To fully appreciate a story, I feel like it helps to understand the history. This is the backstory behind my love affair with macarons and how it all began. Like all good love affairs, this story involves indulgence, excitement, frustration, tears and, of course, Paris!
I remember the first time I ate a macaron. It was around 2008 and I was sitting in the conference room at BNC PR with my co-workers on the Pernod Ricard team. Amy brought us a box of ‘Lette Macarons and I thought they were the most delicious cookie ever. Prior to that moment, I associated macaron with the coconut (double O) macaroon. Since I’m not the biggest fan of coconut, save for Samoas, I avoided macaroons. Little did I know about this single ‘o’ French delicacy that would knock my socks off.
The macarons Amy brought in were incredible. I enjoyed a pecan pie macaron, which spoke to my Southern soul.
Fast forward to the fall of 2013. I was living in London and trying to figure out the legalities of getting a job and staying in the country. I’ve since forgotten or blocked all the details of the process, but it boils down to the fact that it’s extremely difficult.
Come October, one of my favorite bands, Local Natives, played in London at Brixton Academy. I got tickets to the show with a friend and happened to noticed they were ending their European tour a few weeks later in Paris. I hadn’t been to Paris since study abroad 10 years earlier and figured it was a good excuse to experience the Eurostar. Using hotel points, I booked my three-day, two-night trip to Paris, which concluded with Local Natives at Le Bataclan and my first ever solo concert-going experience.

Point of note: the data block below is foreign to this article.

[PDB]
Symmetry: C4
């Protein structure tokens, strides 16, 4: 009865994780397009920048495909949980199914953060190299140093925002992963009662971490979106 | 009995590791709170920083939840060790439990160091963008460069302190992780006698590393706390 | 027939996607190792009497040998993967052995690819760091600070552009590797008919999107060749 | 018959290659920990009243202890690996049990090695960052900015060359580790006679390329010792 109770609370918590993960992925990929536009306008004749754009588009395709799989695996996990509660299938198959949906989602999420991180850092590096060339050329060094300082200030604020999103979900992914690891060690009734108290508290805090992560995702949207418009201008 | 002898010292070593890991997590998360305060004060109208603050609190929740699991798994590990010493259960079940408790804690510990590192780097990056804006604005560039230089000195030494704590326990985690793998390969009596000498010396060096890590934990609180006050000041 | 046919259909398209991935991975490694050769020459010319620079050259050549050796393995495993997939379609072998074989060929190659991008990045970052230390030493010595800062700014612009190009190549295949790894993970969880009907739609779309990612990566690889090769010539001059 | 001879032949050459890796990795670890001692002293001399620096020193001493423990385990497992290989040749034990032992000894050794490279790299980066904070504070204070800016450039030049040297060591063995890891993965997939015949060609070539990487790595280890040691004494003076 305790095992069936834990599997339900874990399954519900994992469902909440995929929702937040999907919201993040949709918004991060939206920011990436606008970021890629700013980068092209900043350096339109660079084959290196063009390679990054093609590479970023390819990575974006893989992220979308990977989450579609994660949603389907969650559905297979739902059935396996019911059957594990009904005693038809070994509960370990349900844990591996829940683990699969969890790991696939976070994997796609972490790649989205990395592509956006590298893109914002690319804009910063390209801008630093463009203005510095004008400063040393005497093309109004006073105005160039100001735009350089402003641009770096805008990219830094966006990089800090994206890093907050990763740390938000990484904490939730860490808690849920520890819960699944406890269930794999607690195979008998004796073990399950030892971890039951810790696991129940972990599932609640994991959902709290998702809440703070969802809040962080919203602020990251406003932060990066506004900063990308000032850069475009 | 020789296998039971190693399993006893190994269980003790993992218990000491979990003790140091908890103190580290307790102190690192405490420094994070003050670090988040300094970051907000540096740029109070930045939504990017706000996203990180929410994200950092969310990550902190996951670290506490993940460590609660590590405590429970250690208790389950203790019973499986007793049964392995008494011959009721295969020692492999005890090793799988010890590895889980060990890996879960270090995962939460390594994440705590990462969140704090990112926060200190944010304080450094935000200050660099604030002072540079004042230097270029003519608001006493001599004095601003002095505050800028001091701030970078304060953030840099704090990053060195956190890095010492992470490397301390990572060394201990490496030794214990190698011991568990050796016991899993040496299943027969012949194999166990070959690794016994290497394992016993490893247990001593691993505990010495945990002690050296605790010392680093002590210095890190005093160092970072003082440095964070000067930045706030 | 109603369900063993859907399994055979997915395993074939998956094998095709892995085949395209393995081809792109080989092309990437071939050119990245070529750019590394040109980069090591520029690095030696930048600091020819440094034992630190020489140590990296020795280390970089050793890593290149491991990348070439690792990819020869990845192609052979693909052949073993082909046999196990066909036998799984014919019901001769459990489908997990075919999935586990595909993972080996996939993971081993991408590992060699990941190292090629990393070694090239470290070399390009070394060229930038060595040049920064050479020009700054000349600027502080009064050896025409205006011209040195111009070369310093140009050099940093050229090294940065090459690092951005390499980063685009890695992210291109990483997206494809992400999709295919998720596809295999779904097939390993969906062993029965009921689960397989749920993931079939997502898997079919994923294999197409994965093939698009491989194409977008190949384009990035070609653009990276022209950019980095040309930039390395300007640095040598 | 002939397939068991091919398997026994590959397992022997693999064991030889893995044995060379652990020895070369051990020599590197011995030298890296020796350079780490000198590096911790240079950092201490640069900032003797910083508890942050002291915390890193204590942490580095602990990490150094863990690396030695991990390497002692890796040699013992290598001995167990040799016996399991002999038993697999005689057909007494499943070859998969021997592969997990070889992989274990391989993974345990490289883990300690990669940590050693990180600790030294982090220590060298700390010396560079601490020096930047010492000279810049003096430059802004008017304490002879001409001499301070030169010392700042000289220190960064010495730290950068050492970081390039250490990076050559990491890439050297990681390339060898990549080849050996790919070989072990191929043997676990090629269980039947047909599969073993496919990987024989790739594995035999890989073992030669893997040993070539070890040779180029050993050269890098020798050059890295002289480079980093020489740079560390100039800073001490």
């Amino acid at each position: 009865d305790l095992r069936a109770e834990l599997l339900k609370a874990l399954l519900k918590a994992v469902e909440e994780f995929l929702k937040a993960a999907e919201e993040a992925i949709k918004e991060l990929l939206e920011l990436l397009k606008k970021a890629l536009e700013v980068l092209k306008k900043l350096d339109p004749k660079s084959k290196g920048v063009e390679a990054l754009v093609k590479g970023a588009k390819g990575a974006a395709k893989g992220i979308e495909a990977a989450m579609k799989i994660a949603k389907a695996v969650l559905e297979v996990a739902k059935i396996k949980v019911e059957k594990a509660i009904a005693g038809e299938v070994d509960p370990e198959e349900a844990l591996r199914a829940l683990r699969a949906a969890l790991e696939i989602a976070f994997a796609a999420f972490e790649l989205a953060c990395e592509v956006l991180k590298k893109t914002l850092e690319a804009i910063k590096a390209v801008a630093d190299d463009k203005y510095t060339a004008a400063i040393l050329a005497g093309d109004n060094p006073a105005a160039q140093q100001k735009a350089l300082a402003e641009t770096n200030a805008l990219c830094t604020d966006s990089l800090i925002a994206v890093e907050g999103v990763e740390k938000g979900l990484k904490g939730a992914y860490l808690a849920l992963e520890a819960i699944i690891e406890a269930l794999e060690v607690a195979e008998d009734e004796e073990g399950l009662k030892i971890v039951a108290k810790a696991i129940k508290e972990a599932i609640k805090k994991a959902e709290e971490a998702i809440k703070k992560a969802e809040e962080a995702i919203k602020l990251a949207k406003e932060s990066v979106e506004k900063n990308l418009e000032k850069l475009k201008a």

Despite my memorable first experience with macarons back in 2008, I had very little in the following years. They resurfaced in London with a friend who is a pastry chef and treated me and some girlfriends to a plate following one of the more incredible meals I’ve experienced (really helps knowing the head pastry chef, as it turns out!). I asked him afterwards to teach me to make them, but without my KitchenAid mixer, it wasn’t an ideal set up for a lesson.
On my trip to Paris, outside the concert and a visit to the d’Orsay, the only other item that graced my Paris itinerary involved eating my way around the city’s macaron options. At least as many as I could justify in three days time (25!).
During my macaron research, I found out about La Cuisine Paris, which offered a three-hour intensive macaron course. The course was booked immediately so I could finally learn the ins and outs of making them on my own!
I always loved baking, but pastry school wasn’t yet on my radar. I was deep in job searching for event positions in London and actually had a phone interview for an events job with The Economist in the train station as soon as I arrived in Paris (spoiler: I didn’t get that job). Following that call, it was straight to the hotel to drop off my bags and on to my macaron course at La Cuisine Paris.